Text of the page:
Citation: Open Medicine 13, 1; 10.1515/med-2018-0003

Contrast-enhanced computed tomography scan showing Stanford type B aortic dissection.

Citation: Open Medicine 13, 1; 10.1515/med-2018-0003

Contrast-enhanced computed tomography scan showing malperfusions of left kidney (white arrow) and left iliac artery (blue arrow)

Citation: Open Medicine 13, 1; 10.1515/med-2018-0003

Venous cannulations for extracorporeal life support under fluoroscopic guidance. A 21 French venous cannula was inserted into the right common femoral vein for venous drainage (white arrow). A 17 French arterial cannula was inserted into the left common femoral vein for return (blue arrow).

Citation: Open Medicine 13, 1; 10.1515/med-2018-0003

Malperfusions of left kidney and left iliac artery were resolved after operation at POD#14.

Citation: Open Medicine 13, 1; 10.1515/med-2018-0003

Ethical approval

The research related to human use has been complied with all the relevant national regulations, institutional policies and in accordance the tenets of the Helsinki Declaration, and has been approved by the authors’ institutional review board or equivalent committee.

Informed consent

Informed consent has been obtained from all individuals included in this study.

3 Discusion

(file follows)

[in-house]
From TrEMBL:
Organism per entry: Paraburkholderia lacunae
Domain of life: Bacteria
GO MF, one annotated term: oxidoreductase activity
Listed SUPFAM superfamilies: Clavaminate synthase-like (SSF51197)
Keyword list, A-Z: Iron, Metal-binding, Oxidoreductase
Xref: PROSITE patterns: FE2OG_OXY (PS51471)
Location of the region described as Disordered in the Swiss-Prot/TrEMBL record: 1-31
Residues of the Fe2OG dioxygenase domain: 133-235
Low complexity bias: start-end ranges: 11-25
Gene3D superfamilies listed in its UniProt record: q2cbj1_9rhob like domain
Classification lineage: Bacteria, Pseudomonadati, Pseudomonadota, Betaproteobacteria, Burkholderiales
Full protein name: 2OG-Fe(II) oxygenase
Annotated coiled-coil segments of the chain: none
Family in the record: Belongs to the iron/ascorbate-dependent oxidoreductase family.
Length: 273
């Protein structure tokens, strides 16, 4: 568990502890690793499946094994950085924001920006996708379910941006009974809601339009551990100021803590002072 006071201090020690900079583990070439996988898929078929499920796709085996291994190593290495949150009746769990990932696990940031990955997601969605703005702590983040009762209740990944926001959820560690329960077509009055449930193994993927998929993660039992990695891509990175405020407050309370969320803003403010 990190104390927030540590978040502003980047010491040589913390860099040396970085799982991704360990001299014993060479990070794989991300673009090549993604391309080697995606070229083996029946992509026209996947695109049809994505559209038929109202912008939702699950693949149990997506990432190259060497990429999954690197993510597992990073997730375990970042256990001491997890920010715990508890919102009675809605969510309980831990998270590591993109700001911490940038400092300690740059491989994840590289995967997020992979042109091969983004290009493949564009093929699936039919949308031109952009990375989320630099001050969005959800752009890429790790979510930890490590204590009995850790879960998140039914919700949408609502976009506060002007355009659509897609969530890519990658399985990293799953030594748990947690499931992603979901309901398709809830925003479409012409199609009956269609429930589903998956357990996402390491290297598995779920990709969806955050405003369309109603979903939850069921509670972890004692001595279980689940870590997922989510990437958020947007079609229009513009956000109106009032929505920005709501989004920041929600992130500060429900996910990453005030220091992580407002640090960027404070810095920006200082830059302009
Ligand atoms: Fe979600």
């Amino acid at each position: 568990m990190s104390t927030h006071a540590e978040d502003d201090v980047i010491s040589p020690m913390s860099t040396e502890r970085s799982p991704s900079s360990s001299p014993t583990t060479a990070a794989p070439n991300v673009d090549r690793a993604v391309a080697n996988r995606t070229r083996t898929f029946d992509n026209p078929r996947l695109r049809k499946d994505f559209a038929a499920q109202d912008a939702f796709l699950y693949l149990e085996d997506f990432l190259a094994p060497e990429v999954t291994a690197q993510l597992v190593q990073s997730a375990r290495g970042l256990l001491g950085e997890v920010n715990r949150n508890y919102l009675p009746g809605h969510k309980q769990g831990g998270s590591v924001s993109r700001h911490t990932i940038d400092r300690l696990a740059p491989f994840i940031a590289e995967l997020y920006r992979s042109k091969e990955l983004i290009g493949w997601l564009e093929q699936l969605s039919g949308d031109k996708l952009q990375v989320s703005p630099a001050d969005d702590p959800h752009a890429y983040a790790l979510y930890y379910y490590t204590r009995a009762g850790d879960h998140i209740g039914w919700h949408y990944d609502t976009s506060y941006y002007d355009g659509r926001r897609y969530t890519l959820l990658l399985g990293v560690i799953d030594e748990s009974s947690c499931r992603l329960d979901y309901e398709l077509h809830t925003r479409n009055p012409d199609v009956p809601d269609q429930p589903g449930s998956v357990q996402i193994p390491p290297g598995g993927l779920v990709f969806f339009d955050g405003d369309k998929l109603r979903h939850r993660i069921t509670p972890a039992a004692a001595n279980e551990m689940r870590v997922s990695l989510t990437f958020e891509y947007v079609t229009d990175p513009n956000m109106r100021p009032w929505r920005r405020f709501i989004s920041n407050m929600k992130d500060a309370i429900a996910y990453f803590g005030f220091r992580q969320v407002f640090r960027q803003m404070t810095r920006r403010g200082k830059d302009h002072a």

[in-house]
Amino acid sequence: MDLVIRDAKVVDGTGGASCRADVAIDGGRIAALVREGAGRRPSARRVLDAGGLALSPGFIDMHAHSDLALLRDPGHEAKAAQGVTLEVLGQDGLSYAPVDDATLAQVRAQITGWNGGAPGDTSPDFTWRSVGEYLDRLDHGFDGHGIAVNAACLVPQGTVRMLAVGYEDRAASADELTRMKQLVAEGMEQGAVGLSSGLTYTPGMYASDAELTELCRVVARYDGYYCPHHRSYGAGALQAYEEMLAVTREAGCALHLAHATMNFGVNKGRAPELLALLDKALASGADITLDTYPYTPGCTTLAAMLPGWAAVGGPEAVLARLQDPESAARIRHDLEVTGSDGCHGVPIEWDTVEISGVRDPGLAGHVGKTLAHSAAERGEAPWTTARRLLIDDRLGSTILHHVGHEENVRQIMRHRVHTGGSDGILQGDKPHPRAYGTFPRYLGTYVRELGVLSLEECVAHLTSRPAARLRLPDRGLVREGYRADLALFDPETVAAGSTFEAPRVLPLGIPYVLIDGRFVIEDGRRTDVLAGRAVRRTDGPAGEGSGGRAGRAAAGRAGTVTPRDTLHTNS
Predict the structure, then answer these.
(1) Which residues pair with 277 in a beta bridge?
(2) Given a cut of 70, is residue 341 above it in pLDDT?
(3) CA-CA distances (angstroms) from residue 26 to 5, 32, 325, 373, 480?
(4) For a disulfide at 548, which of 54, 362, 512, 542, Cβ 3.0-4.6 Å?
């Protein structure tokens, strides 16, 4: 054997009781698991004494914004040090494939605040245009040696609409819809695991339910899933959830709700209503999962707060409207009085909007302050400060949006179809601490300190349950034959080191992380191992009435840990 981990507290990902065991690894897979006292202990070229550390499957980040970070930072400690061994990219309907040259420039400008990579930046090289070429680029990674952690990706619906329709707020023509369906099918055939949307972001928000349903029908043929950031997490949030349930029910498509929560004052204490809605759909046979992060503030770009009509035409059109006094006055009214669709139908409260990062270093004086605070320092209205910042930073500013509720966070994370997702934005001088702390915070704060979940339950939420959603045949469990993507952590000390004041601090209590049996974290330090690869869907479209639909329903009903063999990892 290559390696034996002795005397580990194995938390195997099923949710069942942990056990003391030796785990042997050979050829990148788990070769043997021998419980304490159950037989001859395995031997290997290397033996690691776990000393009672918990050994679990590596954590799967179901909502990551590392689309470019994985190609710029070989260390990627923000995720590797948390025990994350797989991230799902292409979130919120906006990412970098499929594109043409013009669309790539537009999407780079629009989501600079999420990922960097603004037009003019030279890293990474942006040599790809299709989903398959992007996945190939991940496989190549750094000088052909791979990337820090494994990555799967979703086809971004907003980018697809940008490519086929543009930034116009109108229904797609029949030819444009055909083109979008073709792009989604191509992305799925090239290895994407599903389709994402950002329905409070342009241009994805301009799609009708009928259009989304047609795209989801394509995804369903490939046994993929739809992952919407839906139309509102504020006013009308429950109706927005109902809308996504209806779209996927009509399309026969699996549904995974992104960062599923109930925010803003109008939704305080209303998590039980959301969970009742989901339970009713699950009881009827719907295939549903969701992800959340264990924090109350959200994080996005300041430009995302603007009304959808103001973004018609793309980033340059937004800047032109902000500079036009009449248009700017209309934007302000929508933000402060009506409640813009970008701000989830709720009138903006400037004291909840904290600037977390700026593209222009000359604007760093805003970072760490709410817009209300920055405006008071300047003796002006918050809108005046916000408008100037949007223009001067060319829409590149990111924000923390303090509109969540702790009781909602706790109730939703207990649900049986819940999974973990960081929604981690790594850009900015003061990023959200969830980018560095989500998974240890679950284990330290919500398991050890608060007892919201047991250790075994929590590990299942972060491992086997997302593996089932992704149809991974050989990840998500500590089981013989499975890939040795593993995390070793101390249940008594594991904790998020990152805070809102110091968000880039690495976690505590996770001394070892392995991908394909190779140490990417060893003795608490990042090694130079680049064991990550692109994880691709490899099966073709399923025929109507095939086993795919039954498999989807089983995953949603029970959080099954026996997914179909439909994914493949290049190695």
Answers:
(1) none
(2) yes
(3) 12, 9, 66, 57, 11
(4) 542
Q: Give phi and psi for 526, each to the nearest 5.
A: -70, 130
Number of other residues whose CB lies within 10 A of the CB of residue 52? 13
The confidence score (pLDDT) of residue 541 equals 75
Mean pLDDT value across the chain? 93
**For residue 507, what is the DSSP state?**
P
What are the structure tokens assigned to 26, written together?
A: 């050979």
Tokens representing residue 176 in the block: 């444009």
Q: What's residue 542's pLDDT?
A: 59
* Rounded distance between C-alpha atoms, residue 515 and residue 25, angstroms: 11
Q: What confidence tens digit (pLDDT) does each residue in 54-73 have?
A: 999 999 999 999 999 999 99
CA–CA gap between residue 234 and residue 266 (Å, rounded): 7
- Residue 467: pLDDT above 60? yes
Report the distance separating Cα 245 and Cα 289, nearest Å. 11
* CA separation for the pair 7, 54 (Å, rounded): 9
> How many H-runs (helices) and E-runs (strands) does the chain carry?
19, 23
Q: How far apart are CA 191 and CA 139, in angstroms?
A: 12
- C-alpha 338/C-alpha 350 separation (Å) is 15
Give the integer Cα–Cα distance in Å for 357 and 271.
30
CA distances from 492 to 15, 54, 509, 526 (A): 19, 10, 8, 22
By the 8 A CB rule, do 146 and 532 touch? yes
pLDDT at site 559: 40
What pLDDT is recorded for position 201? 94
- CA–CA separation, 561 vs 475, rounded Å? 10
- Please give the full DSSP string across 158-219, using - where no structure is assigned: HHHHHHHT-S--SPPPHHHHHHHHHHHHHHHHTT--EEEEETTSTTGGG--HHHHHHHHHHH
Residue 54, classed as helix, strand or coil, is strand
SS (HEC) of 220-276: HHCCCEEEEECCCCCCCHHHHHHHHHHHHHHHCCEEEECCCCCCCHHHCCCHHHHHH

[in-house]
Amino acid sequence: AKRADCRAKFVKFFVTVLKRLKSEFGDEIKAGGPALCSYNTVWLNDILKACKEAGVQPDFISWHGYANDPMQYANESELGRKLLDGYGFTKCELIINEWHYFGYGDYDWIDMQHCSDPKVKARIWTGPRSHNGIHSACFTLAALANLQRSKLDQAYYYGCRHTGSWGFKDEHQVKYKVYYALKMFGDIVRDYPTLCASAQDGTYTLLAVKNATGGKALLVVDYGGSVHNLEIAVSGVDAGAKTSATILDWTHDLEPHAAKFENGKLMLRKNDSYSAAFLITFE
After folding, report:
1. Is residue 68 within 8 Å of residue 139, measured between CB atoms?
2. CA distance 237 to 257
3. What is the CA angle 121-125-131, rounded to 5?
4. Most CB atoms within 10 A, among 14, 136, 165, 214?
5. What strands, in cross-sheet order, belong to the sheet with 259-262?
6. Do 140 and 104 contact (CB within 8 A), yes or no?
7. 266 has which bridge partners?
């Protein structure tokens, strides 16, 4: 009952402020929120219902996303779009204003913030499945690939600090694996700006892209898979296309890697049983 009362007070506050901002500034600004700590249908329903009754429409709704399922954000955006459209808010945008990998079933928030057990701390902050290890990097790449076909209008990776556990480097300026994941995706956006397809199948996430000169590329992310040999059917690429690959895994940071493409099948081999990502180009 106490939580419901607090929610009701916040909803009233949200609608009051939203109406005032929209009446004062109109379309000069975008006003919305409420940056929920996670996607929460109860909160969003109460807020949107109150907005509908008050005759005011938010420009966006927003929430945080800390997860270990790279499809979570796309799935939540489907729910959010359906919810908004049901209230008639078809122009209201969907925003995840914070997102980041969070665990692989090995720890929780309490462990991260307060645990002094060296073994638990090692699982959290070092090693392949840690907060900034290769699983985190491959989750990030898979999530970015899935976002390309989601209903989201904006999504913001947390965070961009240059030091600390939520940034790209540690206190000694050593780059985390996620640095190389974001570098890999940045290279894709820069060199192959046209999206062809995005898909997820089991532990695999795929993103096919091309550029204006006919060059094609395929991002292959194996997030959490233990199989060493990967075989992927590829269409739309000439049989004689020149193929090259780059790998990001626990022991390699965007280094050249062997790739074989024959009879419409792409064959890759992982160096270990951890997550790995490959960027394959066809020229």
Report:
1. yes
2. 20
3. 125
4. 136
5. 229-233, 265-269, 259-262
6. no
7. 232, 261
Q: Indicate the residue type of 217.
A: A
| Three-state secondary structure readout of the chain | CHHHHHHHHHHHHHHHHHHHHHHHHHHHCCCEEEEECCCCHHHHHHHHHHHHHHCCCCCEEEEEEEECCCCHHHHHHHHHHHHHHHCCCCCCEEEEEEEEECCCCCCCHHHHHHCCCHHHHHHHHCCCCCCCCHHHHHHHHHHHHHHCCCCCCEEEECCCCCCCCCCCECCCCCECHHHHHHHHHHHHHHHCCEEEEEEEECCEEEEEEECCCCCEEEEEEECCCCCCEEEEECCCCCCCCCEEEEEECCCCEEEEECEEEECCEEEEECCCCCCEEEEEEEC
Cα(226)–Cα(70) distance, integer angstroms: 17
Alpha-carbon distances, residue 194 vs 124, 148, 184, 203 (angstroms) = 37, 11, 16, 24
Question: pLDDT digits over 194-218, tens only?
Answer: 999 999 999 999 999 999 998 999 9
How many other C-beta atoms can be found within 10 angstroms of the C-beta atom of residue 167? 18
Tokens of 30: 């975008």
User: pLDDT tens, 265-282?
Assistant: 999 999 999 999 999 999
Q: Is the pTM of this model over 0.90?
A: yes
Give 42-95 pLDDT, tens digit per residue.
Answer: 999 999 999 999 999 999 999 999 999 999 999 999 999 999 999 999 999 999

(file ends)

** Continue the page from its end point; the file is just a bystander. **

Acute asthma is characterized by spasm of bronchial muscle, edema of bronchial wall, and increase of mucosal secretion. The goal of therapy for acute attack is to reverse obstructed airflow [4]. Bronchospasm is a severely exacerbated form of acute asthma. This usually leads to anaesthetic disaster. Such disaster encountered during anaesthetic induction period might involve IgE mediated anaphylaxis or nonallergic mechanism triggered by pharmacological and mechanical factors. A total of 4,000 bronchospasm events were reported in Australia, including 103 cases during the perioperative period. It might be triggered by pharmacological or mechanical stimulus [1]. A nonallergic mechanism (79%) is more frequently involved than an allergic mechanism. Among these nonallergic cases, most (44%) events occurred during the induction of anaesthesia [5]. In pharmacological factors, succinylcholine-induced anaphylaxis is the most common etiology. Cardiovascular shock is the hallmark of severe IgE mediated anaphylaxis. This sign might be associated with bronchospasm in 19-40% of patients with asthma or chronic obstructive pulmonary disease [6]. Perioperative bronchospasm commonly occurs during or after endotracheal instrumentation. Endotracheal tube is the irritant for well-innervated upper airway. It increases airway responsiveness [5]. Subcutaneously injection of epinephrine and inhalation of bronchodilator such as albuterol can be effective for rapid control of bronchospasm. Theophylline can increase intracellular cyclic adenosine monophosphate (cAMP) level, resulting in relaxation of bronchial smooth muscle. Corticosteroid can decrease inflammation of bronchial wall. Short-term therapy of corticosteroid is recommended when patient does not respond to bronchodilator therapy. However, its therapeutic effect will occur after 6 to 12 h. Inhalation of halothane as an anaesthetic agent is useful for bronchodilating effect. But, it has adverse effects such as increasing myocardial sensitization and cerebrospinal fluid pressure. Therefore, it is not commonly used. Despite these therapies, severe asthma attack can cause morbidity and mortality during anaesthesia. For hypoxic brain damage and death during anaesthesia, respiratory events accounted for 28% of claims in the United States [7]. Extracorporeal life support could promptly restore gas oxygenation, resolve respiratory acidosis, and avoid haemodynamic deterioration. Excellent CO2 removal, oxygenation, and rapid correction of respiratory acidosis for severe refractory asthma attack not responding to conventional therapy could be achieved by using extracorporeal life support. This could decrease intrinsic positive end expiratory pressure (PEEP) and prevent haemodynamic collapse and ventilator induced lung injury [3]. A total of 1,257 adult respiratory failure extracorporeal life support cases were reported to the international Extracorporeal Life Support Organization (ELSO) registry between January 1986 and September 2006. Asthma was the primary indication in 24 patients. They were treated by extracorporeal life support. Mean hours for mechanical ventilation until initiation of extracorporeal life support is 65.2±67.7h. Despite mechanical ventilation due to respiratory failure, mean pH is 7.17±0.16 mmHg, PaCO2 is 119±58.1mmHg, and PaO2/FiO2 ratio is 244±180 before administration of extracorporeal life support. Extracorporeal life support was provided 111.9±71.2h and 83.3% of patients survived. Despite venoarterial extracorporeal life support (VA ECLS) was performed for only one because most cases were haemodynamically stable, mechanical, cardiovascular, and haemorrhagic complications developed in 19 (79.2%) patients [8]. In the current case, cardiac arrest impended due to hypoxemia and respiratory acidosis. We could not perform VA ECLS because cannulation into femoral artery could be dangerous. It might potentially aggravate aortic dissection in the patient. However, early administration of VV ECLS could correct hypoxemia and respiratory acidosis rapidly and haemodynamic stability could be achieved soon. Sudden resolution of severe asthma attack could occur after several days of pharmacologic therapy in some observational studies. However, we could not predict the exact time to recovery. Nevertheless, extracorporeal life support remains a reasonable therapy for treating adults with severe respiratory failure from status asthmaticus.